Recently I wrote for Bloomberg View with some analysis of the 2017 election result and the importance of housing. The youthquake was in fact a rentquake, and the swing to Labour was entirely accounted for (in the statistical sense) by housing. Quite a few people asked, in private and in public, whether this correlation was spurious. After all, renters tend to be younger, the crucial 25-44 age bracket is heavily Remain, and so on.
In particular, Stephen Bush wrote an interesting piece, asking similar questions, but first discussing the distributional effect (in other words, how vote totals translate into seat totals) of liberal/left middle class voters being priced out of urban areas and moving into more competitive areas. That may be the case, and it’s an interesting topic, but at this stage I’m purely talking about the popular vote. Stephen also wrote:
“Increasingly I think the turn to Labour among renters might be a bit of a false positive: many people renting turned towards Labour, but that they were renting is sort of a secondary factor. More important vote-drivers include: their concern over cuts to schools and hospitals, anger about Brexit and the government’s broader turn towards the socially illiberal, in addition to the pressure on wages caused by the economy being in a slightly worse state in 2017 than in 2015, when the fall in the petrol price made people feel more affluent.”
It’s right to ask these sorts of questions. Naturally I’d already given this some thought (particularly in relation to Brexit) but since writing the Bloomberg piece, I’ve crunched the numbers some more. And I still don’t think it’s a false positive.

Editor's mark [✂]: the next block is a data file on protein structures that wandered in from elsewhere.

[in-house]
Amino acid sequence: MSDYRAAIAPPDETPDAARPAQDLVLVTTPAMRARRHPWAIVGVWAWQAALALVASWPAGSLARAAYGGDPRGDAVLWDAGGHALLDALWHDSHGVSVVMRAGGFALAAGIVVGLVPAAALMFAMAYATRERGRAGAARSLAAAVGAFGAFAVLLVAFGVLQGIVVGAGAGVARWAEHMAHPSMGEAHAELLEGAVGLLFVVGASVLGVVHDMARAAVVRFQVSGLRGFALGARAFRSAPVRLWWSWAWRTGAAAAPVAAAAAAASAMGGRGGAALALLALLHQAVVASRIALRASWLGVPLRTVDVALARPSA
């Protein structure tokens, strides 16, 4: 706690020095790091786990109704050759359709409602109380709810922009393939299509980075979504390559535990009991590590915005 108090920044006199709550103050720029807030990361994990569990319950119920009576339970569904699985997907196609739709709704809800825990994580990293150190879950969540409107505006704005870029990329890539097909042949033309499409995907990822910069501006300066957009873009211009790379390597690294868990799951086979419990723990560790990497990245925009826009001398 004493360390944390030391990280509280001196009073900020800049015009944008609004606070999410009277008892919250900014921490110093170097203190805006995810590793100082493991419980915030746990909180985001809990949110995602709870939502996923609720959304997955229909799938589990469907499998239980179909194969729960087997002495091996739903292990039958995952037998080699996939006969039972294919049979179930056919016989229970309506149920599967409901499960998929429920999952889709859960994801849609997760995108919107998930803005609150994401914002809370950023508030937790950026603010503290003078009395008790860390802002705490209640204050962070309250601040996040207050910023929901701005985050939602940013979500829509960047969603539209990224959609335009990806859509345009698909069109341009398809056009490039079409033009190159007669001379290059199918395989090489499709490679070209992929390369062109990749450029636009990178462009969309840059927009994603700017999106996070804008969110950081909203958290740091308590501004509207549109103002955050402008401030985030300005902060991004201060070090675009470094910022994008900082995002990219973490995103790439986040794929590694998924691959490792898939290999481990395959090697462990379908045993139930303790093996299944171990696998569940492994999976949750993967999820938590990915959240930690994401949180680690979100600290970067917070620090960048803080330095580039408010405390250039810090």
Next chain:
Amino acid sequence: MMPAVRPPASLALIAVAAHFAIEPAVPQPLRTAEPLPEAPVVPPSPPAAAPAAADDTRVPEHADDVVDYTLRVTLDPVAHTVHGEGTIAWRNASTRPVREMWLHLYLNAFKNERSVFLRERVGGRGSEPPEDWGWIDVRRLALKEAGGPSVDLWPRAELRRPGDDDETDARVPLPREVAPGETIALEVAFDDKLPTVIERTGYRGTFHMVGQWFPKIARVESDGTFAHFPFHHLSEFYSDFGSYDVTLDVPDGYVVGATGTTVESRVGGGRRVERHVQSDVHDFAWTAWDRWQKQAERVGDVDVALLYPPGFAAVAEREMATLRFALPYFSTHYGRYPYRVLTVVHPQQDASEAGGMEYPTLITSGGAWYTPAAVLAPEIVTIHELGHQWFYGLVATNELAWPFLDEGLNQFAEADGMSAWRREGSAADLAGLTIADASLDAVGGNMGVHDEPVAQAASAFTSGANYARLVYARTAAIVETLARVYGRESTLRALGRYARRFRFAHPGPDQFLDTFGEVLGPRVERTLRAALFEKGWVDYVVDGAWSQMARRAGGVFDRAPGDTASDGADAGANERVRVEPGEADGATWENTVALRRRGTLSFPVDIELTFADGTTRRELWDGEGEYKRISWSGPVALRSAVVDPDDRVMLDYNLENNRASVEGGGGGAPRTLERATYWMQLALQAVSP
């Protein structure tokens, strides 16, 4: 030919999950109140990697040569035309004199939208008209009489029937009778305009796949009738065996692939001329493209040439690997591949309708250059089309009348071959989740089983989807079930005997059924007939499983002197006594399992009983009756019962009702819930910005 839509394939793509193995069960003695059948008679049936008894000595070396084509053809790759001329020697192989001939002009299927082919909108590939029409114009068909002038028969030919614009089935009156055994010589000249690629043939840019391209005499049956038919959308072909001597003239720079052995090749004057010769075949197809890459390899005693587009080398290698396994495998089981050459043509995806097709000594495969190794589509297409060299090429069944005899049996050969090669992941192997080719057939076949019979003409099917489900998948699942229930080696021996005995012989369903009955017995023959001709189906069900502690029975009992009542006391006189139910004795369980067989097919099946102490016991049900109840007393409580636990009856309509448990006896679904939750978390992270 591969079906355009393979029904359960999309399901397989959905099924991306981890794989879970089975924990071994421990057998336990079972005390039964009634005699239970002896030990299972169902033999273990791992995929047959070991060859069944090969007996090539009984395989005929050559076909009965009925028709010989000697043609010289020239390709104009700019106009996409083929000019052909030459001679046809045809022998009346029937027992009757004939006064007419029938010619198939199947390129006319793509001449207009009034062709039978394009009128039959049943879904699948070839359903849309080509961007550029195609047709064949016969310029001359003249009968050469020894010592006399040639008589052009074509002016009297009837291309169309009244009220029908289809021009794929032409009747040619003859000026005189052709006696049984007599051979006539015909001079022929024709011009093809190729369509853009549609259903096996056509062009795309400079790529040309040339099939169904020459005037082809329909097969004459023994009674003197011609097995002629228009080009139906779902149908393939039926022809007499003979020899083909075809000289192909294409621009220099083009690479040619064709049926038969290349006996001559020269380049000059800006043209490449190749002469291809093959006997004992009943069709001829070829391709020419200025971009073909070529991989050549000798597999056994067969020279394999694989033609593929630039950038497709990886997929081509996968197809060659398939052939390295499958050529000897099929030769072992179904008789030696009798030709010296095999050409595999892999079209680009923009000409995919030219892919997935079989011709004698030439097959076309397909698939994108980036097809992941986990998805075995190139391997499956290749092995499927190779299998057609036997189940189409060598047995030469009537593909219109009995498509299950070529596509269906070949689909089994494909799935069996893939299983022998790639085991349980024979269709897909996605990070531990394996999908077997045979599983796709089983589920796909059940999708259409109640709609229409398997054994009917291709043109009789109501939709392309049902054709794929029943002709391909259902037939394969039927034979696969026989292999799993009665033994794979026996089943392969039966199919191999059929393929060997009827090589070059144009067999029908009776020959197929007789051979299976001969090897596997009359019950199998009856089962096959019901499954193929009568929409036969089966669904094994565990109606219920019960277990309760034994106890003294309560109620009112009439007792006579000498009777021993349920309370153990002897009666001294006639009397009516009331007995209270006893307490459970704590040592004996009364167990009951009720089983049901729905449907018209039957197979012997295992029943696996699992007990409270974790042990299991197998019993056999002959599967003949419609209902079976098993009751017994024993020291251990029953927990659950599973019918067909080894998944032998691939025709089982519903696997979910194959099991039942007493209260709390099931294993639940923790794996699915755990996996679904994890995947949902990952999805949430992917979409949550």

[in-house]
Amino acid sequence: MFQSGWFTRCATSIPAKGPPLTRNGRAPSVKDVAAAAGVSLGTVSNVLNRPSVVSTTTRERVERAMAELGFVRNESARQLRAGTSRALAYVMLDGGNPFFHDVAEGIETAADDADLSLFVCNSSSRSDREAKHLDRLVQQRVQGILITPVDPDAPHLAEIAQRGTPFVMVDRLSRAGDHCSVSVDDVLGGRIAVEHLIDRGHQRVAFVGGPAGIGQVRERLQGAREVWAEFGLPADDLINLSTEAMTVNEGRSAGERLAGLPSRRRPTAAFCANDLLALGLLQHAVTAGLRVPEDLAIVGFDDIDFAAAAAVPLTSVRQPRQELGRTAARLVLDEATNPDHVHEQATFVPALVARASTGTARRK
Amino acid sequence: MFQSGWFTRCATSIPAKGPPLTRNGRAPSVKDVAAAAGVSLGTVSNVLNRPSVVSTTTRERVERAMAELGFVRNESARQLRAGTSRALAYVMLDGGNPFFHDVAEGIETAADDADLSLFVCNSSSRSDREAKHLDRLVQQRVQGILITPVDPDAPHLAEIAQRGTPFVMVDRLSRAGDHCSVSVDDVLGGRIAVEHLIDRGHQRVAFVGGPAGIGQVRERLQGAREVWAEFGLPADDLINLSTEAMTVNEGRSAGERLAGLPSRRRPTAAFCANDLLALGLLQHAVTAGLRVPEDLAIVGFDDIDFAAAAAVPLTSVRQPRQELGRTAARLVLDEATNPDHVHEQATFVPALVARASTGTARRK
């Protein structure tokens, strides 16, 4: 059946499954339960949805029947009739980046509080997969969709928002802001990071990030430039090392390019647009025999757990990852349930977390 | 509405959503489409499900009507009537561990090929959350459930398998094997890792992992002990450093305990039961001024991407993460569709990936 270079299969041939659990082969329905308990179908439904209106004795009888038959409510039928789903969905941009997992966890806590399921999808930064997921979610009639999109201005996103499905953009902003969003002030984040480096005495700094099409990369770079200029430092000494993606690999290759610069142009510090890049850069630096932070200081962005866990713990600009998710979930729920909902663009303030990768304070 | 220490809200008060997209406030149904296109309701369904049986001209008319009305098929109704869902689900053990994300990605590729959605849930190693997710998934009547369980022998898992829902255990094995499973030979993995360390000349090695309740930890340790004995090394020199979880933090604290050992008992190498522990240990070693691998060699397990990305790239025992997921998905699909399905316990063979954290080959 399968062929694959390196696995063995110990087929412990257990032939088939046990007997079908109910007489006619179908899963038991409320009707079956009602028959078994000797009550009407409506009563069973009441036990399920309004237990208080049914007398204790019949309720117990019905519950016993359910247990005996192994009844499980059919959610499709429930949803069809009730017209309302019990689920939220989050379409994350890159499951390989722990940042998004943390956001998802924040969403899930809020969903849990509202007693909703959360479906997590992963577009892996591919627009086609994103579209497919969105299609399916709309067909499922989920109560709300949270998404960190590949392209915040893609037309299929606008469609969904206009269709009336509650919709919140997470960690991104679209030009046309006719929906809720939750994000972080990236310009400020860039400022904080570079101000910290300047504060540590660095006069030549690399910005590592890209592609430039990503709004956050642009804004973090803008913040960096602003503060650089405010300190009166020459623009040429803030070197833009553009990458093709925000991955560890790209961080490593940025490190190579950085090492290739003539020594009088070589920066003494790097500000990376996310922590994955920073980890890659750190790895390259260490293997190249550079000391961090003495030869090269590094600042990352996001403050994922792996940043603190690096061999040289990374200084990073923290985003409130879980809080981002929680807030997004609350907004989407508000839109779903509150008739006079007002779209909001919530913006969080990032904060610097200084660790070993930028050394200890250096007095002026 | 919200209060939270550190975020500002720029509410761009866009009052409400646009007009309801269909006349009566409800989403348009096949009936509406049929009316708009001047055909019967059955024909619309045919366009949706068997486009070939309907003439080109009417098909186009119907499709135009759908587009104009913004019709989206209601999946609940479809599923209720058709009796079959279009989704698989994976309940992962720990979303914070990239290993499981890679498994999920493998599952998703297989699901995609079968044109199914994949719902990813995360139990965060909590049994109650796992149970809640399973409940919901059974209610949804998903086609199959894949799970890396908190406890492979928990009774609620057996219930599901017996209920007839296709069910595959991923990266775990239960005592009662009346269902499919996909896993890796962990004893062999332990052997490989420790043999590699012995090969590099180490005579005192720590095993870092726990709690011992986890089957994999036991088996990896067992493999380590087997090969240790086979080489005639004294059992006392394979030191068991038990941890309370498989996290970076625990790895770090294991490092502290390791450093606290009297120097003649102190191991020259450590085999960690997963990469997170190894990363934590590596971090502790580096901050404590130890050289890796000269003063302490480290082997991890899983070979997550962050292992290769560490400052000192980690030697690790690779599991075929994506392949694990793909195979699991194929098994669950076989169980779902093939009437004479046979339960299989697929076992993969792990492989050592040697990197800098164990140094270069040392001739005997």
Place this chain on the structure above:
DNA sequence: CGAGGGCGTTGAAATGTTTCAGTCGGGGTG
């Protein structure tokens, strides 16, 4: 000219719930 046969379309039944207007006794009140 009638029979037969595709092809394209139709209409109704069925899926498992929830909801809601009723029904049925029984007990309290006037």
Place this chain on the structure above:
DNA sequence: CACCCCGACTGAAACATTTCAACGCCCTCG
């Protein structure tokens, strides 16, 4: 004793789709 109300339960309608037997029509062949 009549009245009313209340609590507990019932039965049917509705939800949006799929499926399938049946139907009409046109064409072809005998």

Using the data from the 2017 BES probability survey, I estimated logistic regressions for the Labour and Conservative 2017 vote probabilities, controlling for 2015 vote in order to isolate the switching. Even after additionally controlling for age, gender, region, education, EU referendum vote, various measures of social liberalism, views of their personal finances, the economy, NHS, schools and tuition fees, a respondent’s housing tenure was still a statistically significant predictor for both main parties.
In most of the model formulations, being a renter rather than a homeowner increased the probability of voting Labour by about 5 percentage points and reduced the probability of voting Conservative by the same amount, equivalent to a 5 per cent swing among renters, and suggesting that only a fraction of the optical 6.5 per cent swing within that group can be explained by correlation with other factors.
That’s not to say that other things aren’t still relevant. It’s quite possible that austerity fatigue, Brexit or something else helps explain when the rentquake happened. I just don’t think we can easily dismiss housing tenure as an explanation of who changed their vote, or voted for the first time. I’m not sure whether that makes it a primary or secondary factor – my analysis is that housing is cross-sectional (the “who” and the “where”) and other factors are longitudinal (the “when”).
Why else might the rentquake have happened in 2017 but not 2015? There are a few possibilities. Renting might not have got much worse in absolute terms, but the widening gap between house prices and wages has put home ownership further out of reach for many people.
And I’m not sure whether Labour actively targeted renters, but it could be that its campaign – widely hailed as a success – hit home with renters, including many who hadn’t previously voted Labour (or at all). It’s also possible that voters willing to give David Cameron the benefit of the doubt (or simply stay at home) in 2015 after a full term, weren’t so generous to Theresa May in a snap election. This is certainly an area for further work.
Those of you that follow me closely will know how I often point out that things are often more complicated than they seem. It’s just about conceivable that this turns out to be another one of those. But looking at the data, it does, genuinely, look like a housing effect.